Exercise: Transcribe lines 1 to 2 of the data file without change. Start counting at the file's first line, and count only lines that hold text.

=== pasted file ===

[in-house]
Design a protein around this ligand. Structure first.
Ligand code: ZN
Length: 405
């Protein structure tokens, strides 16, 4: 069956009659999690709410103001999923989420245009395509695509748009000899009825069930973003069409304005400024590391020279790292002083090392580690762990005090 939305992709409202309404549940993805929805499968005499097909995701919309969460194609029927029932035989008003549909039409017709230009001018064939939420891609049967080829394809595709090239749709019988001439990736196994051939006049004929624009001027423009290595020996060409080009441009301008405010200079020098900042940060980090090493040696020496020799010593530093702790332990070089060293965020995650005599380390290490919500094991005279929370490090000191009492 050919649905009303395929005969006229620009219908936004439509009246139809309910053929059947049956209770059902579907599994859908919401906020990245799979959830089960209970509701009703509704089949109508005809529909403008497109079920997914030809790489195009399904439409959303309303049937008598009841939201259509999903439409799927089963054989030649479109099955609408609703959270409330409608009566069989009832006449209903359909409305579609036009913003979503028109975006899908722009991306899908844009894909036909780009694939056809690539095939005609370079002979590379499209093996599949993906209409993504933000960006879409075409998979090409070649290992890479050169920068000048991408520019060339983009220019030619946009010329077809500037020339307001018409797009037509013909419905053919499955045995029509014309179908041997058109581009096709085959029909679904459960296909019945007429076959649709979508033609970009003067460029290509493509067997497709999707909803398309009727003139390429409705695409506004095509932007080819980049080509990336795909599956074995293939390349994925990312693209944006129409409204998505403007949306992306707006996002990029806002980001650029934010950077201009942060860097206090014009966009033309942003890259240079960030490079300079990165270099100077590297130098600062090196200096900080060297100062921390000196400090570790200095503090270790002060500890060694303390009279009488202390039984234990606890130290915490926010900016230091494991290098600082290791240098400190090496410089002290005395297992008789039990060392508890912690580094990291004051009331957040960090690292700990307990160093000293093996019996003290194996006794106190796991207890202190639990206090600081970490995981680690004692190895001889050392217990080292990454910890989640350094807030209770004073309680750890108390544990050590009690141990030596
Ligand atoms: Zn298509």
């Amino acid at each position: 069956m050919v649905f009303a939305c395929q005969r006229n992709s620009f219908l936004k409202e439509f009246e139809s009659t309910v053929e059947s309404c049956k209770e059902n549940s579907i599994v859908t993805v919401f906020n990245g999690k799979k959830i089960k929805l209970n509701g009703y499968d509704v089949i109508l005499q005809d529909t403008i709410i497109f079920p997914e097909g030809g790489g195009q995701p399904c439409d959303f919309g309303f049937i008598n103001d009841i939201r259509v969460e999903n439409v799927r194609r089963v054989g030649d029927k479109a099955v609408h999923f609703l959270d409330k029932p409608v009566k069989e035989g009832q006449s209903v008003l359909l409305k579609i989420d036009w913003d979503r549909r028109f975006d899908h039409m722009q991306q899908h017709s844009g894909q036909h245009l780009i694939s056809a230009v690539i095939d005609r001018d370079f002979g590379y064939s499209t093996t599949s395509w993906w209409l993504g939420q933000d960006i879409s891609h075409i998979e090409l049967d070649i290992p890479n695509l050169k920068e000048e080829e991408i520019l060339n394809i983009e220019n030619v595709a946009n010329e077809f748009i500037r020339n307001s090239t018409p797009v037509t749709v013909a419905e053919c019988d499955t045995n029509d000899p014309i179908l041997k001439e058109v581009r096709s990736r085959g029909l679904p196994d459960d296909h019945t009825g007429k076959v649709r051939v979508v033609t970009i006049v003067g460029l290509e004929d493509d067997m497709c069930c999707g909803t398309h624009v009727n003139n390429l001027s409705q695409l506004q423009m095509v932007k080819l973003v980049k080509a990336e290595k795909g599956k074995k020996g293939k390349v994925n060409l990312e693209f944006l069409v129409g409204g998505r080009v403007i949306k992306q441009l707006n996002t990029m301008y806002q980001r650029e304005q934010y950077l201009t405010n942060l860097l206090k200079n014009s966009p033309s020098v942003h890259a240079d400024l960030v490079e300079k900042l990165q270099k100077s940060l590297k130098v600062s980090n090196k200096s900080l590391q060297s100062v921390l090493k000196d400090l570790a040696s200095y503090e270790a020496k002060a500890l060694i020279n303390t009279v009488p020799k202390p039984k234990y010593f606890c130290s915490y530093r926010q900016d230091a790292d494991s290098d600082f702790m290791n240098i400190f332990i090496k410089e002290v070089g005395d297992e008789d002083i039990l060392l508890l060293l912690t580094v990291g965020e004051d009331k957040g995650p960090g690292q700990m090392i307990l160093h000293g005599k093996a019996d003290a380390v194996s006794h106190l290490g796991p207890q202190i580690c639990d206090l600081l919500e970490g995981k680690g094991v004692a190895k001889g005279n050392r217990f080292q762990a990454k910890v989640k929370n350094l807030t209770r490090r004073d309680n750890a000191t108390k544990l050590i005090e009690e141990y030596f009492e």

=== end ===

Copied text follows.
[in-house]
Design a protein around this ligand. Structure first.